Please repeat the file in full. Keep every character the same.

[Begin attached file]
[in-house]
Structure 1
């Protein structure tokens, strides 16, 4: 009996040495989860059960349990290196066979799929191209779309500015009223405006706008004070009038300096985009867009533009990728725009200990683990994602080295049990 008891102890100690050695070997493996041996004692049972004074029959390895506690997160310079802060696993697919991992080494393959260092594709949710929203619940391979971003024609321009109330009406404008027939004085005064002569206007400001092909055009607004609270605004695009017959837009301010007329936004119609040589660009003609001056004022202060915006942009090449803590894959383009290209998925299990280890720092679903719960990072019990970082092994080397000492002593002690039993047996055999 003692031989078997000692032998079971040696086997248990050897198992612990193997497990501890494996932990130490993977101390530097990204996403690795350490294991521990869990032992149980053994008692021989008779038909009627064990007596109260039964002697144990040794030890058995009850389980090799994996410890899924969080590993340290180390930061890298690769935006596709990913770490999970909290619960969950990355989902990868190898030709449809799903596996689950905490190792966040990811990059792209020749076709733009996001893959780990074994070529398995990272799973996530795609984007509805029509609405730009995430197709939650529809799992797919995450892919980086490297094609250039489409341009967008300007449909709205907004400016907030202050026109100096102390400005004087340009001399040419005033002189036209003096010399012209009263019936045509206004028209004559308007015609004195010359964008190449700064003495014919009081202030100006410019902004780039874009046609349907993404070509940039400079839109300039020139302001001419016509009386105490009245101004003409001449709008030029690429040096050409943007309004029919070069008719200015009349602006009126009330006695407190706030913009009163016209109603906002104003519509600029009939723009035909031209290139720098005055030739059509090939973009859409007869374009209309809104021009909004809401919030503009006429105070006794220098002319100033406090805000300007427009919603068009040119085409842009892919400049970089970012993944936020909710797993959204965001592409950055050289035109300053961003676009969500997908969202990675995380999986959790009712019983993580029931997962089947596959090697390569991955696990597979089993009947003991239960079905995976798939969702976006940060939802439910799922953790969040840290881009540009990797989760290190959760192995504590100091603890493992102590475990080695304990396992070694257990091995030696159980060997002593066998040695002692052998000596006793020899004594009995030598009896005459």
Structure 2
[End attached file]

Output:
[in-house]
Structure 1
């Protein structure tokens, strides 16, 4: 009996040495989860059960349990290196066979799929191209779309500015009223405006706008004070009038300096985009867009533009990728725009200990683990994602080295049990 008891102890100690050695070997493996041996004692049972004074029959390895506690997160310079802060696993697919991992080494393959260092594709949710929203619940391979971003024609321009109330009406404008027939004085005064002569206007400001092909055009607004609270605004695009017959837009301010007329936004119609040589660009003609001056004022202060915006942009090449803590894959383009290209998925299990280890720092679903719960990072019990970082092994080397000492002593002690039993047996055999 003692031989078997000692032998079971040696086997248990050897198992612990193997497990501890494996932990130490993977101390530097990204996403690795350490294991521990869990032992149980053994008692021989008779038909009627064990007596109260039964002697144990040794030890058995009850389980090799994996410890899924969080590993340290180390930061890298690769935006596709990913770490999970909290619960969950990355989902990868190898030709449809799903596996689950905490190792966040990811990059792209020749076709733009996001893959780990074994070529398995990272799973996530795609984007509805029509609405730009995430197709939650529809799992797919995450892919980086490297094609250039489409341009967008300007449909709205907004400016907030202050026109100096102390400005004087340009001399040419005033002189036209003096010399012209009263019936045509206004028209004559308007015609004195010359964008190449700064003495014919009081202030100006410019902004780039874009046609349907993404070509940039400079839109300039020139302001001419016509009386105490009245101004003409001449709008030029690429040096050409943007309004029919070069008719200015009349602006009126009330006695407190706030913009009163016209109603906002104003519509600029009939723009035909031209290139720098005055030739059509090939973009859409007869374009209309809104021009909004809401919030503009006429105070006794220098002319100033406090805000300007427009919603068009040119085409842009892919400049970089970012993944936020909710797993959204965001592409950055050289035109300053961003676009969500997908969202990675995380999986959790009712019983993580029931997962089947596959090697390569991955696990597979089993009947003991239960079905995976798939969702976006940060939802439910799922953790969040840290881009540009990797989760290190959760192995504590100091603890493992102590475990080695304990396992070694257990091995030696159980060997002593066998040695002692052998000596006793020899004594009995030598009896005459």
Structure 2